The content in this post was found at http://www.ipwatchdog.com/2017/03/07/european-patent-office-grants-more-patents-us-companies/id=79082/and was not authored by the moderators of freeforafee.com. Clicking the title link will take you to the source of the post.



Google open innovation powered by efficient infringement

13 03 2017

Given the growth of efficient infringement, Google can operate in an open innovation way, applying open source principles to patented technologies from outside of the company as well as from those inside the company and partners… If it were not for efficient infringement it would be impossible for one company to be involved in as many different areas of endeavor as Google/Alphabet have attempted. The only feasible way for them to hunt for the next revenue stream seems to be to scatter-shot innovation by going in numerous different directions without any real focus. Of course, that requires them to ignore the rights of others and pretend we live in an open source world without any patent rights. Ironically, it is this disparate and uncoordinated approach to innovating that is also preventing Google from developing any kind of mastery outside of their core search competency and revenue generating model.

more

The content in this post was found at http://www.ipwatchdog.com/2017/03/09/google-open-innovation-efficient-infringement/id=78977/ and was not authored by the moderators of freeforafee.com. Clicking the title link will take you to the source of the post.



Appeals court throws out six Intellectual Ventures “do it on a computer” patents

13 03 2017
Intellectual Ventures boasts of having more than 30,000 patents—but you’d have to look for a long time to find one that can hold up under real scrutiny.

After staying quiescent for years, IV opened up a barrage of lawsuits to enforce its patents in 2010. But the companies that decided to stand up to IV rather than buckle under have been faring well, as judges have found the patents that IV has chosen to enforce in court less than impressive. It’s a telling sign about the giant patent-holder’s collection. Given the opportunity to pull just about any patent out of its huge collection, one would assume the company would choose the best of the lot. But much of it appears to be exactly the kind of easy handouts from the dot-com boom era that have been called out by critics of “patent trolls.”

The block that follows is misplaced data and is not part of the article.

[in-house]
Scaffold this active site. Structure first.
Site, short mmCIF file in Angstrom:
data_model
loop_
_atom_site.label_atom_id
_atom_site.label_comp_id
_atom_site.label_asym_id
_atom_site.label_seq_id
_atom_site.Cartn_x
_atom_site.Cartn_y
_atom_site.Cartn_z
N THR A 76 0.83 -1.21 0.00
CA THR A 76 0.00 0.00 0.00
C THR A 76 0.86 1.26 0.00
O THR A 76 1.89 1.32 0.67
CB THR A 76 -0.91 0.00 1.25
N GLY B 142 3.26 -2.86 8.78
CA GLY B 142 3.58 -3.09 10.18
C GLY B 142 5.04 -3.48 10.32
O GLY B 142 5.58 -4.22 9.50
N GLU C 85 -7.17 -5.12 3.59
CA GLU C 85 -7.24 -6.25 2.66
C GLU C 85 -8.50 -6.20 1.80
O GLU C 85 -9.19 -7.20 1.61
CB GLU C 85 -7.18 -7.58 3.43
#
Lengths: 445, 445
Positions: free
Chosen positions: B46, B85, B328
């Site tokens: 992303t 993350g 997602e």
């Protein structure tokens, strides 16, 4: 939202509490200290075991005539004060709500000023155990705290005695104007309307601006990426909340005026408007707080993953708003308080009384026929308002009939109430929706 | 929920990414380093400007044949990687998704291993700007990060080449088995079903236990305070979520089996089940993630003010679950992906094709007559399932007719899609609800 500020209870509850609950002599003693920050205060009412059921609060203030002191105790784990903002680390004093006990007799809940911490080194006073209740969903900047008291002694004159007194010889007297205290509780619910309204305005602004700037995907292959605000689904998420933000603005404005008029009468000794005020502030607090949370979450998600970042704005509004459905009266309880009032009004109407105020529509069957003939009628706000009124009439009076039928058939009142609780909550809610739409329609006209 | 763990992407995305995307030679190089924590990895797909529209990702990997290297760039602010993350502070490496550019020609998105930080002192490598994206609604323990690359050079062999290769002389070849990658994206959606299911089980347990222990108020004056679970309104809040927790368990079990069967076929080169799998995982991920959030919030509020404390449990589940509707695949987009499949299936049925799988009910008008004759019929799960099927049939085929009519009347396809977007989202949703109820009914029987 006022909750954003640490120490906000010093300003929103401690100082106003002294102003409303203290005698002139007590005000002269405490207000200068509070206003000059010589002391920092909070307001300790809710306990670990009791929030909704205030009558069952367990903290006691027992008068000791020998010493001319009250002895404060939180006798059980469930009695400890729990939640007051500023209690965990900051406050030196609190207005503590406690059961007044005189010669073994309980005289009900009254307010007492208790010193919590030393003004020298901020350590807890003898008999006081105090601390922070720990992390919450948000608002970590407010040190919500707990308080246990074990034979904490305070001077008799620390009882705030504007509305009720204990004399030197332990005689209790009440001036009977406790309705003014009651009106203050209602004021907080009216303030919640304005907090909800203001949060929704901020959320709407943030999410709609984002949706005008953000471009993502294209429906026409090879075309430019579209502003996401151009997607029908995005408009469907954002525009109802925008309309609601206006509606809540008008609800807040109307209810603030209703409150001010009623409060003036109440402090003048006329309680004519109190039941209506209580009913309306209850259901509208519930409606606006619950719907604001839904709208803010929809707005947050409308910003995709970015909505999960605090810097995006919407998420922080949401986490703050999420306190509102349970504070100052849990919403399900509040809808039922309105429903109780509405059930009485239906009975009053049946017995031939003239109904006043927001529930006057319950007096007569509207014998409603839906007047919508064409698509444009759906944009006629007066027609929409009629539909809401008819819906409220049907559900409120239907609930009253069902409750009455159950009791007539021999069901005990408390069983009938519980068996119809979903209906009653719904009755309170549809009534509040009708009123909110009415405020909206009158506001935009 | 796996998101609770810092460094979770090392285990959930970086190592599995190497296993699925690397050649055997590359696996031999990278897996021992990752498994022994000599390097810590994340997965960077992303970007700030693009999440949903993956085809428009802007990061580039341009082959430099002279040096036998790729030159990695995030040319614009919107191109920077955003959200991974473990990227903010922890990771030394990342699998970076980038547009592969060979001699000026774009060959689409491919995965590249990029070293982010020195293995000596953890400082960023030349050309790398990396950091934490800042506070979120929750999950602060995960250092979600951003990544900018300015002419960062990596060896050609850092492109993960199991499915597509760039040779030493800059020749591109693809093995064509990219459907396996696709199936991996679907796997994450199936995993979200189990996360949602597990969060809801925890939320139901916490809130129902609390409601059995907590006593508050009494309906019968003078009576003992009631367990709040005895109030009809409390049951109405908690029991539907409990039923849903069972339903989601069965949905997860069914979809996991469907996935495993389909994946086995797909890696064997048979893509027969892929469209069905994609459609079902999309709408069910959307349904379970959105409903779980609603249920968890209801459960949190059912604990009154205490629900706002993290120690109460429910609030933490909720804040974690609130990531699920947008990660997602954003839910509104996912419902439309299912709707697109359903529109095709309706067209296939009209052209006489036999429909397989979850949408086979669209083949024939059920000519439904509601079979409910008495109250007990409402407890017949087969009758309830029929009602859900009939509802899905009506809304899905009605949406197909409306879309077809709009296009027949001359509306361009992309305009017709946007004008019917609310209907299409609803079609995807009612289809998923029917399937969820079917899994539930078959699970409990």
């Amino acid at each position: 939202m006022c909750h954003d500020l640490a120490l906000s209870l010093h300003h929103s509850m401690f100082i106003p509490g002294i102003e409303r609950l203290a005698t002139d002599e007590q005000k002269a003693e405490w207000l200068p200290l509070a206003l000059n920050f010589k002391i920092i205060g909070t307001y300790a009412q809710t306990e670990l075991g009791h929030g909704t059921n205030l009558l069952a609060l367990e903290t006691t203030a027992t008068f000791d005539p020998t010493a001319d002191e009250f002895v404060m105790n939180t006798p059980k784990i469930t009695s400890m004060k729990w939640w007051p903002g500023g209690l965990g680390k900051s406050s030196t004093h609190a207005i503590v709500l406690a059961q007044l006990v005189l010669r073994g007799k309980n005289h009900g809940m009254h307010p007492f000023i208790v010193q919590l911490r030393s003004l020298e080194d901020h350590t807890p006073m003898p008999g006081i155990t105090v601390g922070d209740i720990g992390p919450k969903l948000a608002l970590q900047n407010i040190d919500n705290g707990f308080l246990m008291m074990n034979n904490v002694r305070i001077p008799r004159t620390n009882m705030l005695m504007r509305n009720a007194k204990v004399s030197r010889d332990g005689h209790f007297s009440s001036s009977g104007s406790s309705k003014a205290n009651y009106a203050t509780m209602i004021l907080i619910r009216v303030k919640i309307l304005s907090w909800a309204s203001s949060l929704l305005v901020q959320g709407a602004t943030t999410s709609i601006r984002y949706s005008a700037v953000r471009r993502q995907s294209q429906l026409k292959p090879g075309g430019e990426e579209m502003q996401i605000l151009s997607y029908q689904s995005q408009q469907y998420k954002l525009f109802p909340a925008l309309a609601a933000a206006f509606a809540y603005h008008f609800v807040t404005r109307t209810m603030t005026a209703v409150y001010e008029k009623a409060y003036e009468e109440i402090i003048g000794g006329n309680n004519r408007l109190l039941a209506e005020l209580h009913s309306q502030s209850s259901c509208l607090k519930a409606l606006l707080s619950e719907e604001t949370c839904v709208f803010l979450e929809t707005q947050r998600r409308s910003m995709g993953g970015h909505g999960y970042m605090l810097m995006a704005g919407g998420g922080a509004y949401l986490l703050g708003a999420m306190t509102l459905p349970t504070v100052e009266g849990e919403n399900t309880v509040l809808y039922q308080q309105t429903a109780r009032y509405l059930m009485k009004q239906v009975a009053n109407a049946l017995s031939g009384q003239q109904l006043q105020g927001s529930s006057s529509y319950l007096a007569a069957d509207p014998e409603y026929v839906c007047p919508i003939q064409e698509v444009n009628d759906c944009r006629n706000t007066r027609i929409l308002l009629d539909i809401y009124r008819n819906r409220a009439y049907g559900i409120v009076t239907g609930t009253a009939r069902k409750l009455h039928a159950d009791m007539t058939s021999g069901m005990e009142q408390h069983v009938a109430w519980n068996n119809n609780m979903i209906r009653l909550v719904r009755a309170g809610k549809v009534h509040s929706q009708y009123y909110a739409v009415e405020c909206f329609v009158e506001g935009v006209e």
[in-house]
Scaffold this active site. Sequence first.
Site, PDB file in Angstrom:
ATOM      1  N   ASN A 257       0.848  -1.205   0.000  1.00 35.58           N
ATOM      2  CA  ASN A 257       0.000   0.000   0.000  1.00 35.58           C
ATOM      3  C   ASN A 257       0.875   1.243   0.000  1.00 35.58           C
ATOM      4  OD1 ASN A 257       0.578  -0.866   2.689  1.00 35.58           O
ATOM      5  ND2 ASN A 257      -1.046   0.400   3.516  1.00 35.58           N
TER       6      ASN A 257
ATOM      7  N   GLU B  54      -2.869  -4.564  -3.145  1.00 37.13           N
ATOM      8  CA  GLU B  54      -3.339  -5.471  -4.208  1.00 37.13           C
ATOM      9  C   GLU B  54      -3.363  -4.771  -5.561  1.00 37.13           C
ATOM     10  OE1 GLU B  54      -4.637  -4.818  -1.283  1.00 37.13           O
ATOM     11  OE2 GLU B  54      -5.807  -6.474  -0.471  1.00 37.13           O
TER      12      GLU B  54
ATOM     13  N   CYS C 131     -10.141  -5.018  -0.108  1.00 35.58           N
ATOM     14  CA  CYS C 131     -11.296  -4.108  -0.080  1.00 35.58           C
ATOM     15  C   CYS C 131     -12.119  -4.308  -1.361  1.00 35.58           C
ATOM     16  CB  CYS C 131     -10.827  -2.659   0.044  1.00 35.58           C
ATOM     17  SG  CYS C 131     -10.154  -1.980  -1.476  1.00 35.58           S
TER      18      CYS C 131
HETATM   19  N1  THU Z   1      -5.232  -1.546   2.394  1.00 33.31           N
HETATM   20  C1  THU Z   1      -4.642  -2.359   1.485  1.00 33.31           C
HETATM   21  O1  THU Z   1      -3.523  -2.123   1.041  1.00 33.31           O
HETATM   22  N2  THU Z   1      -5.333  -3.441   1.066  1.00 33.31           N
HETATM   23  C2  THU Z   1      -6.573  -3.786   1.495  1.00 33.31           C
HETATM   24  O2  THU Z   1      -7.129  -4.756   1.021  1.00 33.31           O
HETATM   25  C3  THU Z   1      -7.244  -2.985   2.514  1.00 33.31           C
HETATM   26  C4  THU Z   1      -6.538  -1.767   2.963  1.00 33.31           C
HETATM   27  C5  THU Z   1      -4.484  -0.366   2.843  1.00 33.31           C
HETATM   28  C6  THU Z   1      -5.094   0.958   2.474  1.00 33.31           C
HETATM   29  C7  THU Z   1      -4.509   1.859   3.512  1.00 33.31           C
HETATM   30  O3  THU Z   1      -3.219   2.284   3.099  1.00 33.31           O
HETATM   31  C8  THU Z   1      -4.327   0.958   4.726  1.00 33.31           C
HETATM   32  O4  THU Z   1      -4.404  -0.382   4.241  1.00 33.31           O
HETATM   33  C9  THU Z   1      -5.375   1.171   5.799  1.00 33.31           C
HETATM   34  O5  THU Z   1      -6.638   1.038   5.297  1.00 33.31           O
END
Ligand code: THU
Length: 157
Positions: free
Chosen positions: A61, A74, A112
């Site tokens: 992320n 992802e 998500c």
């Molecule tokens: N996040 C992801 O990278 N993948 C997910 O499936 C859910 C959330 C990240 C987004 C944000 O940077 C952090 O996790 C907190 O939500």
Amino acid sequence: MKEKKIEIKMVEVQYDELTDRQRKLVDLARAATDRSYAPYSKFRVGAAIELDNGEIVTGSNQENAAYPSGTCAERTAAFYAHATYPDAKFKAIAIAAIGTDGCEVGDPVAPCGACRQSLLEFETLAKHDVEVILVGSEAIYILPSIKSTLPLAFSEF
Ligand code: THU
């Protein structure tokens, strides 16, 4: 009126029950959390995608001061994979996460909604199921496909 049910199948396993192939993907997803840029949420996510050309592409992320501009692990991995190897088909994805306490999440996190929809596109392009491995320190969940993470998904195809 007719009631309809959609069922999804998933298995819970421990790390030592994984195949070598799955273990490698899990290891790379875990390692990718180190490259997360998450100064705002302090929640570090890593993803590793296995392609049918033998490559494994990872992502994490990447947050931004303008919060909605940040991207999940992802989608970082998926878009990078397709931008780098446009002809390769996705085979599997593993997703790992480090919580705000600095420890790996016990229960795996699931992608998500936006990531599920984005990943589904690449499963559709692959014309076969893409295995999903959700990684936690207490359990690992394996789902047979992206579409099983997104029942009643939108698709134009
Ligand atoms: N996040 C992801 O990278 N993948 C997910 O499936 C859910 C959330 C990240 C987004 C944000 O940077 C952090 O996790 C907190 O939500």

Earlier this week, Intellectual Ventures lost two more major patent cases at the nation’s top patent court. It lost a case against Erie Indemnity Company and several other insurers, which had stood accused of infringing US Patent Nos. 6,510,434, 6,519,581, and 6,546,002. The same judges also tossed patents asserted against banking company Capital One. All were found invalid under the Supreme Court’s Alice Corp. precedent, which barred many patents that describe basic business processes and add computer jargon.

more

The content in this post was found at https://arstechnica.com/tech-policy/2017/03/appeals-court-throws-out-six-intellectual-ventures-do-it-on-a-computer-patents/ and was not authored by the moderators of freeforafee.com. Clicking the title link will take you to the source of the post.